Keep reading to learn how to use the map!

How do I use the map?


Let’s get you oriented to the map. There are three major data sources:

  1. Geothermal Data Repository Submissions: these are the data you will see when you first get to the map. Each submission is represented by a point, but the points will be clustered together at first. If you zoom in, they will separate into individual points; zoom out and they will re-cluster. You can also toggle clustering manually with a button on the left.
  2. Enhanced Geothermal Potential: to see these data, you will have to toggle the layer on in the top left corner of the map. These data cover the continental US, and represent how favorable the conditions in a given location are for Enhanced Geothermal Systems (EGS). Areas are rated on a scale of 1 (most favorable) to 5 (least favorable), with 999 representing an area that hasn’t been assessed.
  3. Research Potential Index: to see these data, you will have to toggle the layer on in the top left corner of the map. These data cover the continental US in a hexagonal grid, each hex area equal to 2500 square miles, and represent the potential impact of future research in that area. Areas are rated on a scale of 0 (low impact potential) to 1 (high impact potential). To learn more about how we calculated this index, read our methodology.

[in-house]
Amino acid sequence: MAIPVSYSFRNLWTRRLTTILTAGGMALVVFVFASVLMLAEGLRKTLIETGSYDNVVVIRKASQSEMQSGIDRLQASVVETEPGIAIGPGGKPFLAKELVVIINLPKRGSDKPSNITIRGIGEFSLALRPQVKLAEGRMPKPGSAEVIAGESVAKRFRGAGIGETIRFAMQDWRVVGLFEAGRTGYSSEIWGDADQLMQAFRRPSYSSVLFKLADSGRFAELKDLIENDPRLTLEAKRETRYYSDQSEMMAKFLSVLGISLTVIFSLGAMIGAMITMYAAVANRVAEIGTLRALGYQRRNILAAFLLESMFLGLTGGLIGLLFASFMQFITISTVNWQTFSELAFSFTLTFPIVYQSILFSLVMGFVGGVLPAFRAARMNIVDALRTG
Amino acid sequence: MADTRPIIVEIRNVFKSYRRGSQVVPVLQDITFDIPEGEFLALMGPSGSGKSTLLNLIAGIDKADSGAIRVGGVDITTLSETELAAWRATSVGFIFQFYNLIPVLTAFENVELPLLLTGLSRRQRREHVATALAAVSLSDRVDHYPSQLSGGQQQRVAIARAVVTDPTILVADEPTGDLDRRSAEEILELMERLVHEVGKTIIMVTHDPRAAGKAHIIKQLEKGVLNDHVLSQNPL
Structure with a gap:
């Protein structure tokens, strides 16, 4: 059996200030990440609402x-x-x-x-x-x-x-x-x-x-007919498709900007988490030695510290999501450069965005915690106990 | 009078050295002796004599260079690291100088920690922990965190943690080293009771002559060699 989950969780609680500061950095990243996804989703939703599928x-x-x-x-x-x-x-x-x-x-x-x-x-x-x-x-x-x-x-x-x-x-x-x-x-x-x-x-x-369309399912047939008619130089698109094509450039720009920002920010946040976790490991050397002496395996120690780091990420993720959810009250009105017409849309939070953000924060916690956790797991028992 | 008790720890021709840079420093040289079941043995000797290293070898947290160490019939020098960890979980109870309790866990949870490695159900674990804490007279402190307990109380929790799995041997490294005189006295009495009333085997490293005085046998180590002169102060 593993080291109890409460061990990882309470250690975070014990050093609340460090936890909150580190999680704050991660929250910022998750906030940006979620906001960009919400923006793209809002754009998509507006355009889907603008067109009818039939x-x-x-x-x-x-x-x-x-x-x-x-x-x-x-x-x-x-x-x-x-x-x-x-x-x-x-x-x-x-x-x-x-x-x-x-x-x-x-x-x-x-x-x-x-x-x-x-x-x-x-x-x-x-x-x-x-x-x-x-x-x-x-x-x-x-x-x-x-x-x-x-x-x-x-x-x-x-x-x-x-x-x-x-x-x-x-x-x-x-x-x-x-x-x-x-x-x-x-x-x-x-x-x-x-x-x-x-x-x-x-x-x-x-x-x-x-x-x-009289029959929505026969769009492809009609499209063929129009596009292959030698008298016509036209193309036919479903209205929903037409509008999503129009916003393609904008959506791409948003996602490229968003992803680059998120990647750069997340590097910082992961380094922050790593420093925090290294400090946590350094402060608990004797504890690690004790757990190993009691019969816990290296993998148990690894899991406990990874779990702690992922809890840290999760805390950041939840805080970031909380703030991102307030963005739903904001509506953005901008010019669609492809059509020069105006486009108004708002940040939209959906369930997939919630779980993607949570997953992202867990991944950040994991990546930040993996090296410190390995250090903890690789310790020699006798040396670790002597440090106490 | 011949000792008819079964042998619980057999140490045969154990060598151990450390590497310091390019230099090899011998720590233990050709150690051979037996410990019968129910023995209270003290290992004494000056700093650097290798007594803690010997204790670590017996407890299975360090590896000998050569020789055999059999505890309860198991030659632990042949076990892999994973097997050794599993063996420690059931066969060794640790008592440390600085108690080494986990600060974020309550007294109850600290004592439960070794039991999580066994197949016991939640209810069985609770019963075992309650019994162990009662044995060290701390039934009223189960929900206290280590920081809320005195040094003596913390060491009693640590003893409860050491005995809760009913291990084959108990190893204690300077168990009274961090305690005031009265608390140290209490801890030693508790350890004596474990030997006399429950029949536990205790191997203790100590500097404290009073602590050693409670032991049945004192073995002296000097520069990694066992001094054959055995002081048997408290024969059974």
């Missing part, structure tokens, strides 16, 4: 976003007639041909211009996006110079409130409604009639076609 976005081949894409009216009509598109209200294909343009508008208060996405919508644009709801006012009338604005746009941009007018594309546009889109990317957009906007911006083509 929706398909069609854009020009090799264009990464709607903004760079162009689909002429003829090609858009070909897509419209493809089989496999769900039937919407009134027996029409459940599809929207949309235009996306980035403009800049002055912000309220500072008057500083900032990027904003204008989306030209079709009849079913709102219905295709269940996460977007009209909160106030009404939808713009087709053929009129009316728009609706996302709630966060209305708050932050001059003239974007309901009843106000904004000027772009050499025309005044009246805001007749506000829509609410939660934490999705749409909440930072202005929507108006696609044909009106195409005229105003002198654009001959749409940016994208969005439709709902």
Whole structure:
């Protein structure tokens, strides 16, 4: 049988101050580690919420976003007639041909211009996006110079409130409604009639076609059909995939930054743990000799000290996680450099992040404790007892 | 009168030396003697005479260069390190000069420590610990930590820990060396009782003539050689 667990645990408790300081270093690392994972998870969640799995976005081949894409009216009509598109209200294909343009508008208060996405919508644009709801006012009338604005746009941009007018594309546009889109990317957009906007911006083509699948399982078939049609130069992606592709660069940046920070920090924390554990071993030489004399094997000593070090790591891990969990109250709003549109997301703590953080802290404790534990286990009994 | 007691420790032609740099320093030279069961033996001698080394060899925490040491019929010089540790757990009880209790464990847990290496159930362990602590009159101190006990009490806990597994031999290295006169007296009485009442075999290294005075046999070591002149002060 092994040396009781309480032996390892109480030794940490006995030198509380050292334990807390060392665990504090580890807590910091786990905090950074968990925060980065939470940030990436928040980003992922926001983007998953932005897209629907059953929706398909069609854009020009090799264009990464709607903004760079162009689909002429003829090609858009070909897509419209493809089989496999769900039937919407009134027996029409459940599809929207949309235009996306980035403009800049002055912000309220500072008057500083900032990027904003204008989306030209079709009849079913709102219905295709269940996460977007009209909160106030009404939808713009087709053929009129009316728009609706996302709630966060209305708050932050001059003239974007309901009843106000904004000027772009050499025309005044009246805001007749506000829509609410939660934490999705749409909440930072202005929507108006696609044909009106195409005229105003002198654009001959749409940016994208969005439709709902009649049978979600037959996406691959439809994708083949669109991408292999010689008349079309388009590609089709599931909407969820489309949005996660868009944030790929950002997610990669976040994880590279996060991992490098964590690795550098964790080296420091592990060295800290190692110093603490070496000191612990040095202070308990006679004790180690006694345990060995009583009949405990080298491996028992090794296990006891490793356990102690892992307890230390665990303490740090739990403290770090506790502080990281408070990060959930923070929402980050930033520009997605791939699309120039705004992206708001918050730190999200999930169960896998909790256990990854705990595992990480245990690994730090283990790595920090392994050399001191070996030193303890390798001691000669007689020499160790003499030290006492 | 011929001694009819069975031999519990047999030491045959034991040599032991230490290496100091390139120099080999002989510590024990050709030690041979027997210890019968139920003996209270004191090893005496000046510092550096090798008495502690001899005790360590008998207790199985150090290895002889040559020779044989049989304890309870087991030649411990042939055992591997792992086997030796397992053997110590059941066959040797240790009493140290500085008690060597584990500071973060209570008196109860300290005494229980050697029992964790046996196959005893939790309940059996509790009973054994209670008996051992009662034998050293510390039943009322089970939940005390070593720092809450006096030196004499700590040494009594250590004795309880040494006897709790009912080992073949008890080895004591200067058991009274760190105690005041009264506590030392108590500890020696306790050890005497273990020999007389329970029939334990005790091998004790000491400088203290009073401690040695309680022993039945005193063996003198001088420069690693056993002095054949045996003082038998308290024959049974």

As you explore each layer of data, note that clicking on a point or an area will cue a popup dialog box. This box will tell you more about the individual piece of data you are looking at. Importantly, in the popup for GDR submissions, you can click on the submission URL to seamlessly access the GDR page for that submission. Try it!


If you want to find a specific submission to the GDR, you can use a variety of filtering tools:

  1. Search: Most simply, this is the search bar in the top right of the map. The map displays GDR submissions by location, so if you are looking for information related to a specific geographic area, simply search for that area in the search bar, and the map will zoom you in to that location.